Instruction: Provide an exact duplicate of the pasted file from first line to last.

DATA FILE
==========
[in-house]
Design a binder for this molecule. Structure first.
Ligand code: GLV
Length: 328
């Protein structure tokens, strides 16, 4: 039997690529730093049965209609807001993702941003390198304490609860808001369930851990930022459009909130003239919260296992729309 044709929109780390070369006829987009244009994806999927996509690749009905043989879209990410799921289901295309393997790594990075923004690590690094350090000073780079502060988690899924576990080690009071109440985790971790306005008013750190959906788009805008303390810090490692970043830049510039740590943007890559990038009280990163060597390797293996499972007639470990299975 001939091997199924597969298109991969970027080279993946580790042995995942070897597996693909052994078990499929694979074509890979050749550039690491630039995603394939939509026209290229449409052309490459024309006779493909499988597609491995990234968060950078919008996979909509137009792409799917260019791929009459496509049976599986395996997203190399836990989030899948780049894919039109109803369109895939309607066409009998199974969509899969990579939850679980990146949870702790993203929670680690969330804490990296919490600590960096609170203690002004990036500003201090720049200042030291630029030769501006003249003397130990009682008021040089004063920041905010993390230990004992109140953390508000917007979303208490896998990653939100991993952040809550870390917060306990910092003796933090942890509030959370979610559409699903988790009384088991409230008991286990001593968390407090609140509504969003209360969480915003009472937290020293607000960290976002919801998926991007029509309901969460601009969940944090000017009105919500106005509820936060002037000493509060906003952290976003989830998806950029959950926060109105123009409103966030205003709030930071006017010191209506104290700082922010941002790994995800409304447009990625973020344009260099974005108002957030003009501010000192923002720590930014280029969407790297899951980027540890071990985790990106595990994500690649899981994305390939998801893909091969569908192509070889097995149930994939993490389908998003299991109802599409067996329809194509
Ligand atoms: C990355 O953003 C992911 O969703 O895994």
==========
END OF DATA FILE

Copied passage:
[in-house]
Design a binder for this molecule. Structure first.
Ligand code: GLV
Length: 328
């Protein structure tokens, strides 16, 4: 039997690529730093049965209609807001993702941003390198304490609860808001369930851990930022459009909130003239919260296992729309 044709929109780390070369006829987009244009994806999927996509690749009905043989879209990410799921289901295309393997790594990075923004690590690094350090000073780079502060988690899924576990080690009071109440985790971790306005008013750190959906788009805008303390810090490692970043830049510039740590943007890559990038009280990163060597390797293996499972007639470990299975 001939091997199924597969298109991969970027080279993946580790042995995942070897597996693909052994078990499929694979074509890979050749550039690491630039995603394939939509026209290229449409052309490459024309006779493909499988597609491995990234968060950078919008996979909509137009792409799917260019791929009459496509049976599986395996997203190399836990989030899948780049894919039109109803369109895939309607066409009998199974969509899969990579939850679980990146949870702790993203929670680690969330804490990296919490600590960096609170203690002004990036500003201090720049200042030291630029030769501006003249003397130990009682008021040089004063920041905010993390230990004992109140953390508000917007979303208490896998990653939100991993952040809550870390917060306990910092003796933090942890509030959370979610559409699903988790009384088991409230008991286990001593968390407090609140509504969003209360969480915003009472937290020293607000960290976002919801998926991007029509309901969460601009969940944090000017009105919500106005509820936060002037000493509060906003952290976003989830998806950029959950926060109105123009409103966030205003709030930071006017010191209506104290700082922010941002790994995800409304447009990625973020344009260099974005108002957030003009501010000192923002720590930014280029969407790297899951980027540890071990985790990106595990994500690649899981994305390939998801893909091969569908192509070889097995149930994939993490389908998003299991109802599409067996329809194509
Ligand atoms: C990355 O953003 C992911 O969703 O895994």